mering in the sunset's evening glow." 

"And after we were married," again said the large hand, 
"it was just as pleasant; I could always remain at your side; 
But one day there came a distinguished-looking young man 
into the shop and said to the jeweler, 'Show me the most 
beautiful ladies' watches that you have.' The jeweler placed 
his large horn spectacles upon his nose, came to the window 
and took our watch from its hook. 'Something very fine, up- 
on my honor, sir,' he said to him in French. 'It is, indeed, 
beautiful,' answered the young, and after examining 
it critically for a few minutes, attached to it a medallion 
which he took from his pocket, and counting out a number of 
gold pieces to the jeweler, left the shop. 

"But, outside, on the quay, had remained, meanwhile, an 
old man and a beautiful young girl, and when the young man 
stepped out of the shop they came to meet him. 'You re- 
mained quite a while, Conrad, said the young lady, and you 
wished to purchase only a watch key for the one that you lost 
yesterday.' 

But the handsome young man answered nothing and 
acted as if he had not heard the remark. He gave her his 
arm, and they sauntered slowly along the lakeshore. When 
they had left the old gentleman a few steps in the rear, he 
drew the watch from his pocket, and said, 'A little souvenir of 
beautiful Geneva, Marie, where our happy hearts found each 
other.' " 

At this moment the clock upon the city hall struck twelve. 



The Elonian. 21 

The poor maiden gave a sigh and her head sank slowly upon 
her breast. Her father shrank back quickly, violently, and 
then, with an expression of unfathomable anguish, bent dis- 
tractedly over the head of his daughter to see whether he 
could see her breathe, or hear her heart beat. But both had 
ceased: She was dead. 

Tenderly, lovingly, he stroked the hair of his dead darling, 
and gently smoothed back the pillow. The watch slipped 
down into the bed. 

He took it up, gazed long and intently upon the dial-plate 
and said to the old Christina, who sat, weeping bitterly, in the 
rocker. 

"She died at twelve o'clock and the minute and the hour 
hands have stopped exactly at twelve o'clock. No one shall 
wind it up again — at least not until he comes and has read up-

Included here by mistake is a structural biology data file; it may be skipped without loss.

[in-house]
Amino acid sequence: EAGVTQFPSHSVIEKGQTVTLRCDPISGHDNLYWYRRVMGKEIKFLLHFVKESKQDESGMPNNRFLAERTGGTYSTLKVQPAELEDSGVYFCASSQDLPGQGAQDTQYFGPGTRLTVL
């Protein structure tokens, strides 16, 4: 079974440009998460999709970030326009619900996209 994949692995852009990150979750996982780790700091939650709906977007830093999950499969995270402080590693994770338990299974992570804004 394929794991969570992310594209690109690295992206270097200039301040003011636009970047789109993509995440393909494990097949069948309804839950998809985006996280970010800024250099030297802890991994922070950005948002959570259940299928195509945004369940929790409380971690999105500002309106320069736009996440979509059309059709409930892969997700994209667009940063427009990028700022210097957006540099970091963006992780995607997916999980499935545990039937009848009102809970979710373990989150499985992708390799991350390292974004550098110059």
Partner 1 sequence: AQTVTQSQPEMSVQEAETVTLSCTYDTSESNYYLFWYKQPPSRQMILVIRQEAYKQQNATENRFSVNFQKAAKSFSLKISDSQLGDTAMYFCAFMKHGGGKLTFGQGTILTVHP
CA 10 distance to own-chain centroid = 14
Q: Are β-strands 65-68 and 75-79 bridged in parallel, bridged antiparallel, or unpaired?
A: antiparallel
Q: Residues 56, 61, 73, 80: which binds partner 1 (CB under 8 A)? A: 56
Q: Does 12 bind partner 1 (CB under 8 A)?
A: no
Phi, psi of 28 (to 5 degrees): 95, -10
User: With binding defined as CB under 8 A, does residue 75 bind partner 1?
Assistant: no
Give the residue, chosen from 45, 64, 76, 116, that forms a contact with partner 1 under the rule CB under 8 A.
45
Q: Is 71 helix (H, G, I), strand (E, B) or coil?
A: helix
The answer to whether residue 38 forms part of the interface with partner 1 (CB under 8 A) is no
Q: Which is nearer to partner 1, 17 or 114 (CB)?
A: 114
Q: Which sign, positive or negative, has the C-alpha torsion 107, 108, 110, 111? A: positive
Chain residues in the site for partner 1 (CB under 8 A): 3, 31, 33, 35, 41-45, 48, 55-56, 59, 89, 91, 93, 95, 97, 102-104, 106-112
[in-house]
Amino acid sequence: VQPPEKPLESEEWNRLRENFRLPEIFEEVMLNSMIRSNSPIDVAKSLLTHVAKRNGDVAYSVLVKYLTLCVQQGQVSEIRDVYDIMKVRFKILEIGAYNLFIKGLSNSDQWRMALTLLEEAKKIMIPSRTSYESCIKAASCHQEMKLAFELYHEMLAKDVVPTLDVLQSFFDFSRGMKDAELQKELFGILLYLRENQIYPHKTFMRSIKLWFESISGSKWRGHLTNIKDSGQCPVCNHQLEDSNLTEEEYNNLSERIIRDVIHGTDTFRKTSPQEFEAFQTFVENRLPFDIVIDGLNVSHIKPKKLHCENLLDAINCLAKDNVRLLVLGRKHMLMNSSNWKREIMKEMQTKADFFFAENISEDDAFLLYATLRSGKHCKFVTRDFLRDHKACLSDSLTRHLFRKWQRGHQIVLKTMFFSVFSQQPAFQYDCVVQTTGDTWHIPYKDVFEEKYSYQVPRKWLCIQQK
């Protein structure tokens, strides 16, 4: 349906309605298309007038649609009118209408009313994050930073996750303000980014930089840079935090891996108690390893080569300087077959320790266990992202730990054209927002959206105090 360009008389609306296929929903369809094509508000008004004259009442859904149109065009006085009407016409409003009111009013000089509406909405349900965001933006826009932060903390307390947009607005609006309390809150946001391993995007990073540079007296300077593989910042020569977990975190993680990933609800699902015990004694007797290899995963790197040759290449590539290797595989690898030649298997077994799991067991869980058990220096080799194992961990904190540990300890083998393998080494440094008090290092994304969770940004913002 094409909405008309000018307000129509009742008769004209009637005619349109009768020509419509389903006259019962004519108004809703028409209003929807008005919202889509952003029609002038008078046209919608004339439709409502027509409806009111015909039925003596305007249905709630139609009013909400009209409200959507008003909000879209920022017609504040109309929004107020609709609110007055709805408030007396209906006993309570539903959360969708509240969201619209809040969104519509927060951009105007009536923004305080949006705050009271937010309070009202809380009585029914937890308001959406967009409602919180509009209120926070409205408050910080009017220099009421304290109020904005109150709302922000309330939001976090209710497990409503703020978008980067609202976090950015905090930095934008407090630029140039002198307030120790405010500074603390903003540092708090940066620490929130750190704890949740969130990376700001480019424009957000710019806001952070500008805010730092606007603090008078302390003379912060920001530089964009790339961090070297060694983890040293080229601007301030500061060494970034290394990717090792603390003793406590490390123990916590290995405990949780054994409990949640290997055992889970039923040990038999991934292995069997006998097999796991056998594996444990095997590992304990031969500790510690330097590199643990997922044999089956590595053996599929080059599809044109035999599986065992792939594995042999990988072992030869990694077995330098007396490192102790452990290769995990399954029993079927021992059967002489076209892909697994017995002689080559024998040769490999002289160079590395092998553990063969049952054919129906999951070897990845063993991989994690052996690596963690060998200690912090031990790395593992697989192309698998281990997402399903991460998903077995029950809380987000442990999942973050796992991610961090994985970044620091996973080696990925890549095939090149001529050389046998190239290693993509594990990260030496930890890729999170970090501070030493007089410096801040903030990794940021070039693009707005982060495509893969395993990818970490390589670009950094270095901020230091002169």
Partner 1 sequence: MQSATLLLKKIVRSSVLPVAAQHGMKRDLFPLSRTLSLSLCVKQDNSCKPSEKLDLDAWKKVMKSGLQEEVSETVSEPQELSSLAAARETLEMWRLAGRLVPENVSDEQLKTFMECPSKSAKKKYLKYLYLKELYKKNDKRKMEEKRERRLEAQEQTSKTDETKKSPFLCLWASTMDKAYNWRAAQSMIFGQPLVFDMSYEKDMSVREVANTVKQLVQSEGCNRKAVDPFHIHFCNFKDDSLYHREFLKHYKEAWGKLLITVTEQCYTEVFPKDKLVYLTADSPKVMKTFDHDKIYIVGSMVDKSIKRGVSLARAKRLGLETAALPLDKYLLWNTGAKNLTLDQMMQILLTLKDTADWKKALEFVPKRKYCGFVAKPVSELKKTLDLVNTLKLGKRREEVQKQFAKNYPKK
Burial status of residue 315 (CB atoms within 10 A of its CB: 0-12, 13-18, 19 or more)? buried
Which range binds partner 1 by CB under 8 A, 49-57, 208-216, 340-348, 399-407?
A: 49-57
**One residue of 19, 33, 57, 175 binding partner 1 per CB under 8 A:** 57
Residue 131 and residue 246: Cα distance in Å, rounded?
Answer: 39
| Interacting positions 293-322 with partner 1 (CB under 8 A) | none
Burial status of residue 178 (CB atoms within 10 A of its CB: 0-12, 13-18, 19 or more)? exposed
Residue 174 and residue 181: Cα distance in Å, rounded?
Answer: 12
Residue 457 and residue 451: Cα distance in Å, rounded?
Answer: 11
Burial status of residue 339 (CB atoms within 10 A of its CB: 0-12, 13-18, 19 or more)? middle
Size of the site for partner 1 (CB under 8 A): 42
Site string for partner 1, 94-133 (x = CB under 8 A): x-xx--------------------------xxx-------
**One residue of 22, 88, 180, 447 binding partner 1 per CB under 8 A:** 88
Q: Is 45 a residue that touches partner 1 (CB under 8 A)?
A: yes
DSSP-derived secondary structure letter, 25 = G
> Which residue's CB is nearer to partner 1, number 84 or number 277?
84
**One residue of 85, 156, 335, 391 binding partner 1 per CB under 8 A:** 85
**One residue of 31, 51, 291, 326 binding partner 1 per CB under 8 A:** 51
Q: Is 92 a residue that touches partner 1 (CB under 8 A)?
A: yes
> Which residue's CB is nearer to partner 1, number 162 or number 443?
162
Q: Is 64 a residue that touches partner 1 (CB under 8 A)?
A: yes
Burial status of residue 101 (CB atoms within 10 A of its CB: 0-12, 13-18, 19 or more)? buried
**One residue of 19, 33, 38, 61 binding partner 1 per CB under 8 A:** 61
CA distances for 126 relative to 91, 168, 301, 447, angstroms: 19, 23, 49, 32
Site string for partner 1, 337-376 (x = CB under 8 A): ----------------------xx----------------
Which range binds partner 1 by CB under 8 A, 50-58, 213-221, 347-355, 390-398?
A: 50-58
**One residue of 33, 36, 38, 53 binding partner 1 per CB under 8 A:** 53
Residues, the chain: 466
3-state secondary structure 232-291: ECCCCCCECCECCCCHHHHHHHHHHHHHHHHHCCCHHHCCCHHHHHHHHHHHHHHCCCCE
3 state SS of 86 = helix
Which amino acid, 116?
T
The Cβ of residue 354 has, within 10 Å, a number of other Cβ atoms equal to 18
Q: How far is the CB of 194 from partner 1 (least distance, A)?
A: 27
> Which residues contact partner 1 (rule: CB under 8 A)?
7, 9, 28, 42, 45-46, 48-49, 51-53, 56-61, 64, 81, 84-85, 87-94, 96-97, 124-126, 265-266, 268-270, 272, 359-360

on its face the hour of her death. Go to bed, Christina; you 
have not slept for man nights. I will [shall] not need you 
any more. Good night." 

C. G. Howell. 




22 The Elonian. 



ATHLETICS FOR ALL. 



We Americans are very deeply interested in athletics. 
This is one of the distinguishing characteristics of our nation- 
al life. If you want evidence of this fact attend a football 
game between two great universities, and see the thousands 
that gather there to witness the contest; notice the space 
that will be given it in next morning's papers, and you will see 
that we do not lack interest in the sport. The success of 
America in inter-national contests of recent years has flat- 
tered our national pride in no small degree. We are, as a 
race, comfortably sure of our superiority over any other 
race in the world. We view the statistics of the army and of 
college teams with pride and admit that there is something in 
the British saying that the battle of Waterloo was won on 
cricket fields. 

We Americans, however, are not as a whole an athletic 
nation. Nor is this due to physical weakness, but to the fact 
that our system is founded on a radically wrong idea. The 
problem of universal physical development, like that of uni- 
versal intellectural development, depends upon the schools 
and colleges of our land. And in every school and college 
the main object has been to discover a few champions. As 
the season for each sport approaches those who are not on 
the list who excel their fellows take their places in the grand 
stand to encourage the champions with their cheers. That is